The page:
The Frontstretch: So Close and Yet So Far: Simple TV Solutions NASCAR Coverage Keeps Ignoring by Amy Henderson -- Friday June 28, 2013

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So Close and Yet So Far: Simple TV Solutions NASCAR Coverage Keeps Ignoring

Holding A Pretty Wheel · Amy Henderson · Friday June 28, 2013


Last weekend’s race at Sonoma left race fans with plenty to talk about: an unexpected face in victory lane; crashes, some intentional, others just crazy (how often do you get mashed-up cares on pit road…before the field even rolls off?); strategy; road course ringers. It was, all in all, an enjoyable race. But perhaps of equal significance, it was an enjoyable race broadcast, something which, judging by recent ratings, is not something you see every week.

And here’s the kicker…it was a great broadcast, maybe the best of the year, simply because there were fewer gimmicks, fewer of the camera shots that fans have been forced to become accustomed to..and more of the race. That’s all. TNT didn’t alter the number of commercials (and sure, that area needs some work. They’re a smaller network than FOX and have to pay for the races somehow, so that’s just a tough call) or the voices in the booth (a category in which they already beat FOX by a country mile). But because road courses don’t lend themselves to tight angle cameras that follow one or two cars, the network had stationary cameras at many points.

And because of that, fans saw a race.

There was plenty of on-track action last weekend at Sonoma…and fans even saw it on television, a rarity today.

They didn’t see one car running by itself. They didn’t see Dale Earnhardt, Jr. or Danica Patrick or any other driver all day long, no matter what they were doing (or not doing) on the track. Instead, fans were treated to battles for position among cars throughout the field. And there were some good ones. Fans also saw some drivers not always featured in race broadcasts, and they were racing—and sometimes beating—better known drivers. But they were also racing other drivers generally ignored by the cameras and the voices and therefore, by many fans.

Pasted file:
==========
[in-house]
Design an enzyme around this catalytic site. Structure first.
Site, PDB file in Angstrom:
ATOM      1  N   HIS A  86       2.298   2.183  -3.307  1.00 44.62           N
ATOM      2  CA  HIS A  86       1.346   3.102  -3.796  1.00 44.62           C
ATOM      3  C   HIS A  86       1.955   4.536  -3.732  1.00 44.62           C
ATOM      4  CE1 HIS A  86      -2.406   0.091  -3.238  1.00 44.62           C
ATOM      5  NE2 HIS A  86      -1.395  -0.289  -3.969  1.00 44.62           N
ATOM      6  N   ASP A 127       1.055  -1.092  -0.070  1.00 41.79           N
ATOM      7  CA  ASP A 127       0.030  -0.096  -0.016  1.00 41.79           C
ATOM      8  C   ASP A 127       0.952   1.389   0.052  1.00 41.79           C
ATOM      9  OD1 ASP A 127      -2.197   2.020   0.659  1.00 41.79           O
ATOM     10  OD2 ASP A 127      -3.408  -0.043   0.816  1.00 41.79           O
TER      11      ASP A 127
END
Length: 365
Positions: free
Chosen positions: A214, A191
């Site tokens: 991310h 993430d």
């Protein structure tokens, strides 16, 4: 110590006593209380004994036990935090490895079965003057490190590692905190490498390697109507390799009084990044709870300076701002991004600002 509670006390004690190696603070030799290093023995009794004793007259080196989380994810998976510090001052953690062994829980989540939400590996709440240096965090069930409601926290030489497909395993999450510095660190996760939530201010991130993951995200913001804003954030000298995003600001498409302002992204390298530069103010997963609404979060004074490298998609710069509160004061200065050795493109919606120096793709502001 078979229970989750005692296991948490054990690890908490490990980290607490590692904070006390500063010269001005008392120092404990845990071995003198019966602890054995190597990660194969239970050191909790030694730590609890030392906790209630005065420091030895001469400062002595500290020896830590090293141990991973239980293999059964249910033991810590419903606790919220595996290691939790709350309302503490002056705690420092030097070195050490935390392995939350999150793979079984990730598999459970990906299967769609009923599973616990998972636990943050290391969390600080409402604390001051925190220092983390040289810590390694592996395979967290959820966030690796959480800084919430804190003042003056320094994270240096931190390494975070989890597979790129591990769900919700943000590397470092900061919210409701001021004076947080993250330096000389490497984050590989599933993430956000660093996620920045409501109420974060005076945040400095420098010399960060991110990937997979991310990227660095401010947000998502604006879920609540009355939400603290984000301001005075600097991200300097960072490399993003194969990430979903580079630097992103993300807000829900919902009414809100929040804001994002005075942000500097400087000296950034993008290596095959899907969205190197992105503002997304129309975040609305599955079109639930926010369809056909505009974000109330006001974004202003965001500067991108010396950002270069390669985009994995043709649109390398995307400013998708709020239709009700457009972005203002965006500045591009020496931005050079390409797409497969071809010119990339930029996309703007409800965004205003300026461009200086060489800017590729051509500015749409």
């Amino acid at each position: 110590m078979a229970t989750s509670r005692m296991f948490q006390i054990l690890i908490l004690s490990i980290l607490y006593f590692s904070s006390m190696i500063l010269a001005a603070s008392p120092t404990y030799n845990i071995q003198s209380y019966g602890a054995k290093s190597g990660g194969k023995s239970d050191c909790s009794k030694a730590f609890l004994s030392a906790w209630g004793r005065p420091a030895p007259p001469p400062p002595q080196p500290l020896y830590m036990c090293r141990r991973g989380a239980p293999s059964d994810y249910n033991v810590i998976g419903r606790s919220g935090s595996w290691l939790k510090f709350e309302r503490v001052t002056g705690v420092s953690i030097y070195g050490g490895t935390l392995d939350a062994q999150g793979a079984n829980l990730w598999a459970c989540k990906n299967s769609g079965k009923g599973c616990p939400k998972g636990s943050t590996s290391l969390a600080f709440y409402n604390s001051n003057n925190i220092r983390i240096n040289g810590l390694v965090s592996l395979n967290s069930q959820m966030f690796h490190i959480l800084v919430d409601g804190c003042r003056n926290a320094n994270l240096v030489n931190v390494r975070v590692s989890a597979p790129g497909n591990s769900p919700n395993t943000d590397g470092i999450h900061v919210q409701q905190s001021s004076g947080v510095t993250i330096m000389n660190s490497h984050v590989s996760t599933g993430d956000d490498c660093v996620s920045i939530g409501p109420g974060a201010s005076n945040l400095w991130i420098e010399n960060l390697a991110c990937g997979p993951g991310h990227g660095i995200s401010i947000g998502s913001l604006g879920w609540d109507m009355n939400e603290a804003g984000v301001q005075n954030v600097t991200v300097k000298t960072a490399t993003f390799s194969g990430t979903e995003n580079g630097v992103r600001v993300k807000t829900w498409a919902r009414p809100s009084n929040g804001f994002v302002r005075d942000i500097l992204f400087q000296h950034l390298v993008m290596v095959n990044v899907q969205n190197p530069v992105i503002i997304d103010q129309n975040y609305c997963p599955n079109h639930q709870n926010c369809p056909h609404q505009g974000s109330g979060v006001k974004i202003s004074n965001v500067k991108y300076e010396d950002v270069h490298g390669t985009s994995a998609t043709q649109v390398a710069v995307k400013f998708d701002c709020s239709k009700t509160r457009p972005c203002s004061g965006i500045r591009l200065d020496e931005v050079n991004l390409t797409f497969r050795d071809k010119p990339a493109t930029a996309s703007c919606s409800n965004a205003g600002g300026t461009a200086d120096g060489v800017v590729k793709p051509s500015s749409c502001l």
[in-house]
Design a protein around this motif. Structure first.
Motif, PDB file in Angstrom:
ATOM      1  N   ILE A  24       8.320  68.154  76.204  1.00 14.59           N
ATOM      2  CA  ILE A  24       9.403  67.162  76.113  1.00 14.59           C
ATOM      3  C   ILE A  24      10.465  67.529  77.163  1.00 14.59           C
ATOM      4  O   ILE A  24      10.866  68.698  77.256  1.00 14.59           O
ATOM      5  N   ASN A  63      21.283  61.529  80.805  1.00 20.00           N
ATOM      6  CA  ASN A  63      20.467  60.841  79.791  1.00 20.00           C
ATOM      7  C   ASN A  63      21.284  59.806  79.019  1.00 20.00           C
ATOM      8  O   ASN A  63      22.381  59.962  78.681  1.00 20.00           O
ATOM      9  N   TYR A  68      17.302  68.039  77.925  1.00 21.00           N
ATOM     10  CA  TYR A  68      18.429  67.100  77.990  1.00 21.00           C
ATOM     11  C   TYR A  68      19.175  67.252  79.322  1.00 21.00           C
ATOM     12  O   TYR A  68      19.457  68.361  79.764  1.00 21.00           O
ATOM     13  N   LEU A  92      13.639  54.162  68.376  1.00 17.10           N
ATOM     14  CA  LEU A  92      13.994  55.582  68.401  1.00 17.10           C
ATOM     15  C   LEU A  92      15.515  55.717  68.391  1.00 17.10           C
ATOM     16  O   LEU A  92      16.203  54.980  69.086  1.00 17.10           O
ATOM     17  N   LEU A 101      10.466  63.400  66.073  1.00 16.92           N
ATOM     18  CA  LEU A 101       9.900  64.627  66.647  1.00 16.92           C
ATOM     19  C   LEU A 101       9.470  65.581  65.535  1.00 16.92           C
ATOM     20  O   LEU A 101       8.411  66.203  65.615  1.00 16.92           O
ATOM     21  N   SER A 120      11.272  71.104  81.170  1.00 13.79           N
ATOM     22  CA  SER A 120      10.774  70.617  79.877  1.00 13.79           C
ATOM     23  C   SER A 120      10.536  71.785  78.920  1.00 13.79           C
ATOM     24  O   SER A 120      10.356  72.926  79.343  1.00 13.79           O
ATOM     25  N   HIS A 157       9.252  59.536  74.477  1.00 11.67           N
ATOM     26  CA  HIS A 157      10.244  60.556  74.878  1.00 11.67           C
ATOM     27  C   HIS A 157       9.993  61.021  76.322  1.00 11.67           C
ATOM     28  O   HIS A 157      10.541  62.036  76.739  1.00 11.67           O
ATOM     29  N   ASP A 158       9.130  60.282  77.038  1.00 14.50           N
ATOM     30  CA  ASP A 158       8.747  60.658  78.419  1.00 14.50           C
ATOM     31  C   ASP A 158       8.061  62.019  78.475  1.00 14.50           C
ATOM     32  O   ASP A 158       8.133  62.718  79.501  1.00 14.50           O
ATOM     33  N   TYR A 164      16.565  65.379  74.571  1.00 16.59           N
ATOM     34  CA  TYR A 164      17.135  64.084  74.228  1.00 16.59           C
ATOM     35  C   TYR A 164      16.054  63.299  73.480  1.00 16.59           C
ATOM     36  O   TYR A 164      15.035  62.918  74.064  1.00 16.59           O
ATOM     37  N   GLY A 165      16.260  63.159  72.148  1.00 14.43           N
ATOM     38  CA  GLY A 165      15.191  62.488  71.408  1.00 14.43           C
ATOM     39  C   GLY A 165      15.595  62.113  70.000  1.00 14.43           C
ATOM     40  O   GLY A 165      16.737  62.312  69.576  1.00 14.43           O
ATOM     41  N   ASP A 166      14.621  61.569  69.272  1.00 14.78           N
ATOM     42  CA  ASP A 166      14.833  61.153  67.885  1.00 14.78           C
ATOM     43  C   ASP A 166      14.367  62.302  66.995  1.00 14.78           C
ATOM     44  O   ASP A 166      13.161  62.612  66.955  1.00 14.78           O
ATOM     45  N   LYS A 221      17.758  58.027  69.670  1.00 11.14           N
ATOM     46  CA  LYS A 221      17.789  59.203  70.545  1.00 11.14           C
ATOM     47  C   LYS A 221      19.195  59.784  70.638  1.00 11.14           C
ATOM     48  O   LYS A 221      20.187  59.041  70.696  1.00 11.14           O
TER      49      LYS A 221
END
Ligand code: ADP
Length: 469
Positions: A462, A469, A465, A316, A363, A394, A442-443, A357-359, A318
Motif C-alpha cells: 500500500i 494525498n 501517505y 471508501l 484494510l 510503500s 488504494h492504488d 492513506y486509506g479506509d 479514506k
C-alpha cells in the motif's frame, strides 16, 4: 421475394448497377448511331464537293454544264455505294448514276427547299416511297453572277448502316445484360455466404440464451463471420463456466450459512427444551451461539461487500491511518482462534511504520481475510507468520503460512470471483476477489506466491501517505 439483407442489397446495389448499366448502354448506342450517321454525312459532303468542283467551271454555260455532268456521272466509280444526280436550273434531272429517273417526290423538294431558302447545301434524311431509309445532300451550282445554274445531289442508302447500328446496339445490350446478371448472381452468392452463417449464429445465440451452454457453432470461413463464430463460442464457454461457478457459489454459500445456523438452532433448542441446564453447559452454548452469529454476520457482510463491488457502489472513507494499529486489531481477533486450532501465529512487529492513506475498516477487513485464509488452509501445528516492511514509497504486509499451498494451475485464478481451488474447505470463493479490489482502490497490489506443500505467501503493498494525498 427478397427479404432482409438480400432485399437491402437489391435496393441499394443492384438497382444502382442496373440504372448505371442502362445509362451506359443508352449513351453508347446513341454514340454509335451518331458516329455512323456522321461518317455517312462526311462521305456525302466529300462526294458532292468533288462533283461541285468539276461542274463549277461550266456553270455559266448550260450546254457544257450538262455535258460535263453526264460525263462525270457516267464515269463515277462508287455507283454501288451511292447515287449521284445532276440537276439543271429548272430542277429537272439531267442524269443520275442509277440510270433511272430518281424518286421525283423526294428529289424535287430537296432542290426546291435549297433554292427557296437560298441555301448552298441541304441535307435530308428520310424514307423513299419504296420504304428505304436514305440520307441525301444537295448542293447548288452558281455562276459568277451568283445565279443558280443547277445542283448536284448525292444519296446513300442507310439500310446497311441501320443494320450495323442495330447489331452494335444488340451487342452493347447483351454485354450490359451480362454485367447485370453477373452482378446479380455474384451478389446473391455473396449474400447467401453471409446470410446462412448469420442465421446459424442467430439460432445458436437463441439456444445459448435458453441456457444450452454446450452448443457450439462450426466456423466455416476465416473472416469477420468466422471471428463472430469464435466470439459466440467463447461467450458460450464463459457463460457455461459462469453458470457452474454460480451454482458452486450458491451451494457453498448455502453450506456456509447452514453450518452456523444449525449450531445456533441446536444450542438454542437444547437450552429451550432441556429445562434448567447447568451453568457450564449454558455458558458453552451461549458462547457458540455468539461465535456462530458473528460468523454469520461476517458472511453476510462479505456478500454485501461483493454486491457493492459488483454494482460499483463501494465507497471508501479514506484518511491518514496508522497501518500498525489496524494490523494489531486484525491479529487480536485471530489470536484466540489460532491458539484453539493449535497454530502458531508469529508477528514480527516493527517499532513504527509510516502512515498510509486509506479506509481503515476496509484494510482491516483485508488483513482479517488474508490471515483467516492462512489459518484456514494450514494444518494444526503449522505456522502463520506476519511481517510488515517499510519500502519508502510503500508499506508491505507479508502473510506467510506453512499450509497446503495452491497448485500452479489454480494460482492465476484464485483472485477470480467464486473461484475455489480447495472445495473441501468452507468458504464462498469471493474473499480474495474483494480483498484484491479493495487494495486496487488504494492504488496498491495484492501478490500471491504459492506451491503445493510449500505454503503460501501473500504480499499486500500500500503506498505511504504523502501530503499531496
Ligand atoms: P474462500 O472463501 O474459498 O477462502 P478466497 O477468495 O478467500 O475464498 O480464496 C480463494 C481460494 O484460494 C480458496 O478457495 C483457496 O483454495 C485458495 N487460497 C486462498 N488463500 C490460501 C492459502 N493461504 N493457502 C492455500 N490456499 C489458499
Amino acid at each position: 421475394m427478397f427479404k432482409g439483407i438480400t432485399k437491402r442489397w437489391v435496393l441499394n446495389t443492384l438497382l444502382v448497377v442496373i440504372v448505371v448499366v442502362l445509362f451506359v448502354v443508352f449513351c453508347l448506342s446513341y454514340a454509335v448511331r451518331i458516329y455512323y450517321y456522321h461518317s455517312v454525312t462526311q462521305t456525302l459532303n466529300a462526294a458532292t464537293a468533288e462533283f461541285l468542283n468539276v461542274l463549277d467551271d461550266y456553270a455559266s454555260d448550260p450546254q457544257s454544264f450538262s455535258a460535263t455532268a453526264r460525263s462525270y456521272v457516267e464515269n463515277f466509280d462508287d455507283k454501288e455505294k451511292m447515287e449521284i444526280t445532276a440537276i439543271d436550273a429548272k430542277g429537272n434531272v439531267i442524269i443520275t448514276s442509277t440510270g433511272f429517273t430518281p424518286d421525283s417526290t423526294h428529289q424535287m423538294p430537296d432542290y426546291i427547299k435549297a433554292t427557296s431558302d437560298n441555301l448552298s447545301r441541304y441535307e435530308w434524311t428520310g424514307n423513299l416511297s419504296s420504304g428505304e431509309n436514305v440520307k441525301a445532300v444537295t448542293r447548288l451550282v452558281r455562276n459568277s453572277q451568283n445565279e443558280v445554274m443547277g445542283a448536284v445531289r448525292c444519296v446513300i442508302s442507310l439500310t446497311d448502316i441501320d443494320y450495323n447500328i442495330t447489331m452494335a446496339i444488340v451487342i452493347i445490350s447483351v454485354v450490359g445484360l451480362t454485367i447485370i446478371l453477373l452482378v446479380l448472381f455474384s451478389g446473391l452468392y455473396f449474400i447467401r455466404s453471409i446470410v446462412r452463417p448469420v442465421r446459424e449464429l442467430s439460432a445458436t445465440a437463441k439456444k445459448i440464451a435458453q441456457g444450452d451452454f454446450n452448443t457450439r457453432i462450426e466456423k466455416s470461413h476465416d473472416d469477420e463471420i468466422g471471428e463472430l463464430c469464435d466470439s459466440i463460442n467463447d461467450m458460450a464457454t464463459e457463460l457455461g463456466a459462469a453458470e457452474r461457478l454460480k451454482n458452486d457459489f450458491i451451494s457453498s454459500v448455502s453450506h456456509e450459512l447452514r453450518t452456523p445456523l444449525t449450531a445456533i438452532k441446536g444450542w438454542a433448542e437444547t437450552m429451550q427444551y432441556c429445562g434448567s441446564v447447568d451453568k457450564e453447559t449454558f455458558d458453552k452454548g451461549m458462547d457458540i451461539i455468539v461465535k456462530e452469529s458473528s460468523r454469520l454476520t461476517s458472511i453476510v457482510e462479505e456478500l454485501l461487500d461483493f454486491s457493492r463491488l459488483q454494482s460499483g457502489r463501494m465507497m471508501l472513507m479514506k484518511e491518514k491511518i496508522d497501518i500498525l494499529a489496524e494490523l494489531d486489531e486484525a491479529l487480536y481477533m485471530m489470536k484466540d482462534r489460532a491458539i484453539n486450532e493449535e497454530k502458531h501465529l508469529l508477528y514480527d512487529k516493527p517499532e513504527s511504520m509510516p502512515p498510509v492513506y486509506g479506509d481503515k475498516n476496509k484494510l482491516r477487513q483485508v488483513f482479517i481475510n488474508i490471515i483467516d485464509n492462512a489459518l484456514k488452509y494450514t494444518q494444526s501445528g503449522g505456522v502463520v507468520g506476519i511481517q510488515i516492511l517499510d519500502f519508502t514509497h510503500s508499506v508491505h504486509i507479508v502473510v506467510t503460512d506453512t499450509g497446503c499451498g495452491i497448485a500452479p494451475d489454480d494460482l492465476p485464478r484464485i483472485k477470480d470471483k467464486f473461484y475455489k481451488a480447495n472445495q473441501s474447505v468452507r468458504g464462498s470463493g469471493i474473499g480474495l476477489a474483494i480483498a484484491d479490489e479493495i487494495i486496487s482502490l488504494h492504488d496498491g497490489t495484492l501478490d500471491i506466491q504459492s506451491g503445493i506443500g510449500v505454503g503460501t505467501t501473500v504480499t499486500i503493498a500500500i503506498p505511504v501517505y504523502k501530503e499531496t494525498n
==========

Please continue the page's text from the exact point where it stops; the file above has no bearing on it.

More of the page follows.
And if NASCAR is to grow and gain popularity, fans need to see all the drivers, to know there are some good ones running midpack every week, sometimes due to equipment, sometimes due to their own limitations, or both. Either way, they’re marketable, likeable drivers that fans aren’t seeing, and that hurts the entire sport. Not to mention, it makes the fans those drivers already have discouraged and unhappy.

And it’s not just about the drivers, it’s about the racing. Even for fans who don’t have a favorite driver, the sport has to highlight the on-track product. A camera chasing a single car lap after lap doesn’t do the sport justice. So many weeks, the fans at home lament the lack of racing during an event when there was, in fact, lots of it. Unfortunately for the fans, they never got to see it because someone in a TV broadcast truck somewhere decided that they don’t need to.

Think about that for a second: the networks don’t think showing a huge piece of the action taking place on the race track is important.

That astounds me. Somewhere along the line, the networks (all of them, to some degree) have forgotten that the sport is made up of little battles throughout the field, throughout a race. Somewhere, someone decided that what was most important was to show the leader ad nauseum, or maybe a few particular drivers. Forget whether there is racing going on elsewhere during the event—they have decided what really matters are those few cars.